March 10, 2022

President Biden Signs Bill To Nullify Pre-Dispute Arbitration Clauses For Sexual Harassment And Abuse Claims

On Thursday, February 10, 2022, Congress approved legislation that bars the use of forced arbitration to address sexual harassment and abuse claims in the workplace, entitled Ending Forced Arbitration of Sexual Assault and Sexual Harassment Act of 2021 (the “Act”). President Biden signed the Act into law on March 3, 2022.

The Act amends the Federal Arbitration Act and prohibits the mandatory arbitration of disputes involving alleged sexual misconduct. The Act renders any pre-dispute agreement that encompasses sexual misconduct claims unenforceable, and nullifies existing mandatory arbitration provisions. Pursuant to the Act, employees cannot be required to arbitrate sexual misconduct claims, either as a condition of their employment or otherwise. Employees may, however, choose to voluntarily arbitrate sexual misconduct claims.

In addition, employers should be aware of three additional aspects of the Act:

  • If a dispute arises as to whether the Act applies to a particular allegation of sexual misconduct, the Act provides that a court will determine the applicability of the Act to the agreement, rather than an arbitrator. If a court determines that the Act applies, the case will proceed in court; if the Act does not, then the employer may require that the claim proceed in arbitration.
  • The Act specifies that it will not apply retroactively to any claims that arose or accrued prior to its enactment.
  • The Act applies to sexual harassment and sexual assault claims brought in a joint, class or collective action.

Employers should review their employment agreements and ensure they are devoid of mandatory arbitration of sexual misconduct clauses. If employers have an existing employment agreement that is operational, and the Act has rendered clauses invalid, employers should develop a communications plan that will inform employees of the change to their employment agreement. Employers are encouraged to consult with legal counsel regarding any alterations or amendments to employment agreements and any communication plan to employees. Employers should also prepare for the potential of litigation that could ensure, either for the determination of the applicability of the Act or to litigate sexual misconduct claims. Employers should be proactive in maintaining robust internal investigation and anti-harassment policies to avoid litigation and mitigate risks surrounding sexual misconduct claims.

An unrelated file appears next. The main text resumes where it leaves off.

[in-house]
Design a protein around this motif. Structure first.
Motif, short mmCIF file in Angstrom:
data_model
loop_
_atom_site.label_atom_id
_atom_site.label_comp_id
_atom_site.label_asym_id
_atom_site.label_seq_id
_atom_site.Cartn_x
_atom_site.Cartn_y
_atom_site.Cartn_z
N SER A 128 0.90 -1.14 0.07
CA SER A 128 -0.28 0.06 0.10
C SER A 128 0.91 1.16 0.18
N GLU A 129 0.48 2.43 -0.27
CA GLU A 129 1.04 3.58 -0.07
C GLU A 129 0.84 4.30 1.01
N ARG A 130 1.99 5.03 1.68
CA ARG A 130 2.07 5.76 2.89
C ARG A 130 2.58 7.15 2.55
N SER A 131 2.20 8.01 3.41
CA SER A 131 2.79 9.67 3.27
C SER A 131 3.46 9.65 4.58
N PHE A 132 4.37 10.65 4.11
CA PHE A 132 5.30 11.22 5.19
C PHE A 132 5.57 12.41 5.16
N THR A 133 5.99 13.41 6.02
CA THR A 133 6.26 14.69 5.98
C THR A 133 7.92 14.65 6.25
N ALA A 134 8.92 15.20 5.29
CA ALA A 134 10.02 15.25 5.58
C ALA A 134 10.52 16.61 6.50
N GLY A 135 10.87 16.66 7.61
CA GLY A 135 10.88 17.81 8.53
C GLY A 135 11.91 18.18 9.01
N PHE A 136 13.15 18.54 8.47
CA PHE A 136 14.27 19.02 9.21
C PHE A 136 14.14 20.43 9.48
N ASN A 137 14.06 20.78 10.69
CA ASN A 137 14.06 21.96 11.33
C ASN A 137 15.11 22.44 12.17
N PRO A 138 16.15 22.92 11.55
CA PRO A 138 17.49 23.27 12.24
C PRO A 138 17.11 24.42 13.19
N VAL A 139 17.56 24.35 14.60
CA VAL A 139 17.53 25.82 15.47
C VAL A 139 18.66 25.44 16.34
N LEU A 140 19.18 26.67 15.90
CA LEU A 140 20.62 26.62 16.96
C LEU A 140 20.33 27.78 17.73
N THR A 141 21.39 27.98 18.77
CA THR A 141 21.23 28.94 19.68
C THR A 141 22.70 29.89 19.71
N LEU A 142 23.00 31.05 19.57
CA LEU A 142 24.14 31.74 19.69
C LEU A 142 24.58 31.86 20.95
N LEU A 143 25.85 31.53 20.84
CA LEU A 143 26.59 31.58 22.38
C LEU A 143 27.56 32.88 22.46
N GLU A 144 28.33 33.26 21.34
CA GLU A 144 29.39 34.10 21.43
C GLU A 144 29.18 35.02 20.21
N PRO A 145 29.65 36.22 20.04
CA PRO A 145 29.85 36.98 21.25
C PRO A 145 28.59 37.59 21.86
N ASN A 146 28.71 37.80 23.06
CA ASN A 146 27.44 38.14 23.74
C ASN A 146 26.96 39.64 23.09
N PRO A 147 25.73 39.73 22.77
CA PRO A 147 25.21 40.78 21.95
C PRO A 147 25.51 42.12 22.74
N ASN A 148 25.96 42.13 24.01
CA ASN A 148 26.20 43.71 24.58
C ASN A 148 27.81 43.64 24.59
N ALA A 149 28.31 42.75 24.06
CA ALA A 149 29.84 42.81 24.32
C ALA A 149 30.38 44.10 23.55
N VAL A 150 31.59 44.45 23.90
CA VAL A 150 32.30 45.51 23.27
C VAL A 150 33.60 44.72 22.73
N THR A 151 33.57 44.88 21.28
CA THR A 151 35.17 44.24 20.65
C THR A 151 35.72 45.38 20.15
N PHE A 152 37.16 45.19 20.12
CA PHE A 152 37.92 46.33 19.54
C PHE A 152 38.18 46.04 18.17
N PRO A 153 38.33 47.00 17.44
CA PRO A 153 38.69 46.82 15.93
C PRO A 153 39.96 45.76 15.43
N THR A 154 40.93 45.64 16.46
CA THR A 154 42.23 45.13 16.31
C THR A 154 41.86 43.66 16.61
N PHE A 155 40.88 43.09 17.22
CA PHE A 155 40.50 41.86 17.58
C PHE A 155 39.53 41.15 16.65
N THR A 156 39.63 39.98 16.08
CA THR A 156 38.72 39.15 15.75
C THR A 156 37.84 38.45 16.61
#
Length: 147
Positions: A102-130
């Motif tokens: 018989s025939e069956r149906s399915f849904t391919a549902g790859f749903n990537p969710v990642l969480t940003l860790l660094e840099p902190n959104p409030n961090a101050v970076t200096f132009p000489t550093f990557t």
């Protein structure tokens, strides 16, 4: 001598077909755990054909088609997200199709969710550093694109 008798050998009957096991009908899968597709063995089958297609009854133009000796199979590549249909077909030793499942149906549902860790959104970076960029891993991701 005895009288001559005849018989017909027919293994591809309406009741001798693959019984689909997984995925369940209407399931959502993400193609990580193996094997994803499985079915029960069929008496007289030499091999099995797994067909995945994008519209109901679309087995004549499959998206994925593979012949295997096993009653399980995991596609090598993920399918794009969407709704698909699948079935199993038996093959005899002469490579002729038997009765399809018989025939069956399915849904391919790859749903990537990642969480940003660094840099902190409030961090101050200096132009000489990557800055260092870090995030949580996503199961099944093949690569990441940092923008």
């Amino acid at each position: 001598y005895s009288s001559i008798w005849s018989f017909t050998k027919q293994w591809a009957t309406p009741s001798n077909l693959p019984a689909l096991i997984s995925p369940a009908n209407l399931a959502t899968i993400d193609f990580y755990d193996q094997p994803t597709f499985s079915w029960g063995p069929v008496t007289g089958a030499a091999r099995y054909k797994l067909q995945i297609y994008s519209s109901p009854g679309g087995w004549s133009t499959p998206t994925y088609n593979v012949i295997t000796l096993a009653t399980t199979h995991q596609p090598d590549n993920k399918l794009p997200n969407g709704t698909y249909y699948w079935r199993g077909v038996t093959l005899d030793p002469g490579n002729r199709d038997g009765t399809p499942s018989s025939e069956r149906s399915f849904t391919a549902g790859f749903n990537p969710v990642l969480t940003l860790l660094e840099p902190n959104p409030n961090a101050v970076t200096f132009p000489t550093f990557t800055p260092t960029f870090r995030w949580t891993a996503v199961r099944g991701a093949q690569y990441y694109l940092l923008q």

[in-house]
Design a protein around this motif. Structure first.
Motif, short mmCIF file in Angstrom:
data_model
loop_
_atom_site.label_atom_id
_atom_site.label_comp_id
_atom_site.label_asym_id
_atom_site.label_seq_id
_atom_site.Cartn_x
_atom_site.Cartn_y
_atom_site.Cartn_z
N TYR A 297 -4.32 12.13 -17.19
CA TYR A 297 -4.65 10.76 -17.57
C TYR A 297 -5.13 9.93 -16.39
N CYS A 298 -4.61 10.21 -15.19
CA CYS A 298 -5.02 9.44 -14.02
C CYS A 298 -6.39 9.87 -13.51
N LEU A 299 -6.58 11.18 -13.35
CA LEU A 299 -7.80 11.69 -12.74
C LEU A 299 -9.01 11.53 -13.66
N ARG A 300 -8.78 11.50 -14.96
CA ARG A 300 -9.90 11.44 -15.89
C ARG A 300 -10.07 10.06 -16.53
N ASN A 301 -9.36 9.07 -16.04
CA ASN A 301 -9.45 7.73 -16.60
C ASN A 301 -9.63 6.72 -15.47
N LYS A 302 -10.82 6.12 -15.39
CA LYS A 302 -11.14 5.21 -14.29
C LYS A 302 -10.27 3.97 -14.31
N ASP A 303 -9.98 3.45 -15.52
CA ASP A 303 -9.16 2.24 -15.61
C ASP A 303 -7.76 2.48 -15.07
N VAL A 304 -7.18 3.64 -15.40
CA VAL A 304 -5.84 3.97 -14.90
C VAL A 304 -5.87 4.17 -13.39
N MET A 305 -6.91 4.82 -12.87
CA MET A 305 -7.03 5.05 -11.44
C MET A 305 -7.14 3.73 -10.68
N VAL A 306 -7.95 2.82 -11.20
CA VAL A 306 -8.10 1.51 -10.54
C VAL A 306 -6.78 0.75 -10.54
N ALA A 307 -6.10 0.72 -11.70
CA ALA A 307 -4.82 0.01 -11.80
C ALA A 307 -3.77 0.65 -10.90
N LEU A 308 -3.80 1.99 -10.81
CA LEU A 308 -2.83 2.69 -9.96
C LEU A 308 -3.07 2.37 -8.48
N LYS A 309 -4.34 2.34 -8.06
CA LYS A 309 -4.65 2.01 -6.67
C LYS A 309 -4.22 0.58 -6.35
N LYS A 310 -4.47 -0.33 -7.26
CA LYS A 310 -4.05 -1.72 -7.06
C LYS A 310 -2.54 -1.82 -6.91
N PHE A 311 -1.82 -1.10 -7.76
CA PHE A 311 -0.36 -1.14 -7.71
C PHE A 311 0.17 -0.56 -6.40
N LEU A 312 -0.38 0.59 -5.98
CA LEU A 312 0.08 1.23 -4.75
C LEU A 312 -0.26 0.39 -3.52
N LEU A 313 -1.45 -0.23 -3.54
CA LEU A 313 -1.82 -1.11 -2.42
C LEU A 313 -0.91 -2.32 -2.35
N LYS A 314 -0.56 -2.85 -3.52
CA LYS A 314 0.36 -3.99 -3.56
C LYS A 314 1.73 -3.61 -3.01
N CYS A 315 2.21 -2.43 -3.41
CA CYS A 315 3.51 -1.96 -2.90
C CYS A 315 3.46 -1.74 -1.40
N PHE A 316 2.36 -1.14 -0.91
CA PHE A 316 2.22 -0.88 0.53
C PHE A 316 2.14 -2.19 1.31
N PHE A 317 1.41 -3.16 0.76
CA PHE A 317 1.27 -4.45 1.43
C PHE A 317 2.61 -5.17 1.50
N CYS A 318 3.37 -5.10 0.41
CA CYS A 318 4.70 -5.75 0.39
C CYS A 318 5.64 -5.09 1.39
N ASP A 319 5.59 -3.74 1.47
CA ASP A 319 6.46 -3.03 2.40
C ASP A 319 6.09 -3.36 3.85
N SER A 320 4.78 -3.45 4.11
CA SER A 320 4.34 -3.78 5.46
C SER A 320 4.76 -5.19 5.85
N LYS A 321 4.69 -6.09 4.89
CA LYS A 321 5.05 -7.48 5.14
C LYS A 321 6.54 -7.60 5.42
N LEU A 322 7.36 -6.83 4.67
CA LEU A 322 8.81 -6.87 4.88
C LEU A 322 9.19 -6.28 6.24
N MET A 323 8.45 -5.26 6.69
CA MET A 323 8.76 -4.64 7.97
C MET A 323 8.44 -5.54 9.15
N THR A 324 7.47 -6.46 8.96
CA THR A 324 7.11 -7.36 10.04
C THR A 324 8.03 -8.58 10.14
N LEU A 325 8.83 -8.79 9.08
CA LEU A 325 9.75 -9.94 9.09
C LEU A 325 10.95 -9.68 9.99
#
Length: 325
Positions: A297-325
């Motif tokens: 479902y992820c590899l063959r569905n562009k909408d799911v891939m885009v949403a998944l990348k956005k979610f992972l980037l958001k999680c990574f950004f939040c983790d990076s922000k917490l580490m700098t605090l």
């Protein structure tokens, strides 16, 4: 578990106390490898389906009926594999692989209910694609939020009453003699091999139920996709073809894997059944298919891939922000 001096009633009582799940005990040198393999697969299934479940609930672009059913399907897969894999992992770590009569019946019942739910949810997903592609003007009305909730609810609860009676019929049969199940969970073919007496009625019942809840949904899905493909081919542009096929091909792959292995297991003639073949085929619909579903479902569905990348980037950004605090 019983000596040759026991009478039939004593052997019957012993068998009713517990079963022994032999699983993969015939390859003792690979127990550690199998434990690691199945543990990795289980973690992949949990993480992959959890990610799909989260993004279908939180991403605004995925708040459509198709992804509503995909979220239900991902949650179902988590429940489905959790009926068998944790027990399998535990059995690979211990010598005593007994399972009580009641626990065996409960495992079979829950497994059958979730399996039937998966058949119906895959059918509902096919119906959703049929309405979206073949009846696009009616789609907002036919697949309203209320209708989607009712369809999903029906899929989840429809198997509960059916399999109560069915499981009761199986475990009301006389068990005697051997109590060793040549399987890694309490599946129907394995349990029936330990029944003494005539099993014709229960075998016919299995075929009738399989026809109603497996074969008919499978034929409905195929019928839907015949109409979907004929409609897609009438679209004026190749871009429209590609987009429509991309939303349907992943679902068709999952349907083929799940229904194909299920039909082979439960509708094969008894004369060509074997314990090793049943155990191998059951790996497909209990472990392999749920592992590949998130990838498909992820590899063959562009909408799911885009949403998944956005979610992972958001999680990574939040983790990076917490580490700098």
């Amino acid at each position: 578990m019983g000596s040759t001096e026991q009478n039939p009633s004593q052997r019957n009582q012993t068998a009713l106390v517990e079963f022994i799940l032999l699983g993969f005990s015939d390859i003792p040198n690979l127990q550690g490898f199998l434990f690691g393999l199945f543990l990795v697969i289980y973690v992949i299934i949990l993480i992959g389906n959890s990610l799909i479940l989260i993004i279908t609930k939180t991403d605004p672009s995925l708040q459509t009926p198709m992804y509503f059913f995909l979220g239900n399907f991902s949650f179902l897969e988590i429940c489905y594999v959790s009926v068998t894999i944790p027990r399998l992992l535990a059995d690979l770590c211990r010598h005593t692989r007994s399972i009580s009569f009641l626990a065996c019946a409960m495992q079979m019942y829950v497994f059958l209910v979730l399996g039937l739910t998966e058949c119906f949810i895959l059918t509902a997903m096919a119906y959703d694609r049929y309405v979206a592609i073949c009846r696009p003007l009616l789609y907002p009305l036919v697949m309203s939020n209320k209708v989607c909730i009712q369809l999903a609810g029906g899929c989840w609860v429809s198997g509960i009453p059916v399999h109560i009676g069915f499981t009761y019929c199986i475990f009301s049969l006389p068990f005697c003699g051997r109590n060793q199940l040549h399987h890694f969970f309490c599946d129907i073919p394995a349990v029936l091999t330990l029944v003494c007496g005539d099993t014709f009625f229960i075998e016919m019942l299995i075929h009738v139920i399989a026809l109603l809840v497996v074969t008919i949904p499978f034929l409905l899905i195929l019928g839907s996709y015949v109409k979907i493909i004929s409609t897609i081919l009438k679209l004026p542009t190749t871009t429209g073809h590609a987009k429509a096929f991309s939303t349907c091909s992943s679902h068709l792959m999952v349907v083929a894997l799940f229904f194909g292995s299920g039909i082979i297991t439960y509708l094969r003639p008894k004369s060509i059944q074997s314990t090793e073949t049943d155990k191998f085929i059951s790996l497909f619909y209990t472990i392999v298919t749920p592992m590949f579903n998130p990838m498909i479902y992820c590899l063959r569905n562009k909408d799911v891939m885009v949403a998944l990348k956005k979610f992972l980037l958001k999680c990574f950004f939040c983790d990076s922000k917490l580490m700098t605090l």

Employers should examine their sexual harassment and abuse policies, and ensure that they eliminate any forced arbitration of sexual misconduct clauses. The attorneys at Brown & Connery, LLP are available to assist in reviewing employment practices to ensure that they comport with the latest laws and regulations.

By: Molly Doyle and Alyssa I. Lott,  Associates at Brown & Connery, LLP